International economics. The Treasury secretary is the lead official in the U.S. government on international economic and financial issues. Yellen has consistently been a champion of free trade and “free capital mobility,” although she has come to appreciate that free trade works best when everyone plays by the same rules. 

If some countries close their markets to Americans, or manipulate their exchange rates, the arguments for openness are less compelling.

In 2011, for example, she urged China, South Korea, and other countries to spend more to address the world’s “dearth of aggregate demand” and compensate for the austerity in the rich countries, where “the scope for fiscal stimulus is limited by concerns about sizable budget deficits and longer-term sustainability.” 

She noted that “the Asian economies continue to add more to global supply than to global demand” and that this was because household spending there was so low.

This has been a perennial problem, particularly in China, and is becoming even more of an issue in the recovery from the pandemic. As Treasury secretary, she could potentially bring this macroeconomic perspective—which the Trump administration ignored with its focus on bilateral deals—to trade negotiations with other countries.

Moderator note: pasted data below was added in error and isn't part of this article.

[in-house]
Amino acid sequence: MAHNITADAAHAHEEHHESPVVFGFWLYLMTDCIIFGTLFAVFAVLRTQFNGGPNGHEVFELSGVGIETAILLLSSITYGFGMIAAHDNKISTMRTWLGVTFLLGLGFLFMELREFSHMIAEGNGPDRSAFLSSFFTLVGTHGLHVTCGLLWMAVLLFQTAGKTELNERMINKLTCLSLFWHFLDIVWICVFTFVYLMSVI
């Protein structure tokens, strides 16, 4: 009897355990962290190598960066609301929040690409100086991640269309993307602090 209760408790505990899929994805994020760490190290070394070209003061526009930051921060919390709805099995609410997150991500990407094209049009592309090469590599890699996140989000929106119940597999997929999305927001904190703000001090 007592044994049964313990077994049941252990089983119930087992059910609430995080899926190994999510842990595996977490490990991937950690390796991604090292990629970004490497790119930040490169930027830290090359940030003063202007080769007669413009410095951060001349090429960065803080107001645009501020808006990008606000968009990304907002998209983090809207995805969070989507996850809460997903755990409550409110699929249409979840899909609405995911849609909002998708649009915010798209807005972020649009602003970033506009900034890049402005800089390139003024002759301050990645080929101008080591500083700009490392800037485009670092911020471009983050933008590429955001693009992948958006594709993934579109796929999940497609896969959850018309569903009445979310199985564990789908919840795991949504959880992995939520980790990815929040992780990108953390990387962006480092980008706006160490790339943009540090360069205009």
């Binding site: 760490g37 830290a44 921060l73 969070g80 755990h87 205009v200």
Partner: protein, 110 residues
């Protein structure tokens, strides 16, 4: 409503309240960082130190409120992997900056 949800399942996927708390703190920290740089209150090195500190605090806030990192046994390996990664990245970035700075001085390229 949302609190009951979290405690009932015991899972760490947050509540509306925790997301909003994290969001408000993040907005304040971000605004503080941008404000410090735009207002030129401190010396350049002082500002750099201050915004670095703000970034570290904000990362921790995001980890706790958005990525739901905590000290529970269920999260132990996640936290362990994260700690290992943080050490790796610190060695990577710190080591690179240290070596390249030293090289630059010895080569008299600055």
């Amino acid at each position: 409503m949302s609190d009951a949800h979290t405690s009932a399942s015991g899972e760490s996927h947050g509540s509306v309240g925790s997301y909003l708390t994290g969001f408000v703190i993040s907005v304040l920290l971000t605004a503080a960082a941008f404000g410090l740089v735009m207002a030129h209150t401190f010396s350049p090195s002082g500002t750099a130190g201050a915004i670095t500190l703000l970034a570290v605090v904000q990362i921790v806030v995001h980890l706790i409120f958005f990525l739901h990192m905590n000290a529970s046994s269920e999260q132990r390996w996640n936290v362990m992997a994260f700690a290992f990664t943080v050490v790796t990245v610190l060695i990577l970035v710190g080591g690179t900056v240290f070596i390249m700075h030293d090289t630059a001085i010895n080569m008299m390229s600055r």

Yellen has also obliquely criticized governments that she believes take advantage of America’s openness by manipulating their exchange rates, noting that “countries with current account surpluses and restricted capital flows have been able to resist currency appreciation for prolonged periods,” which has “served to inhibit the global rebalancing process” and create “adverse consequences for the global economy.”

More recently, Yellen has criticized the Chinese government’s subsidies for its companies and support of intellectual property theft, although she also warned against efforts to “decouple” the U.S. and Chinese tech industries because of the potential impact on global innovation.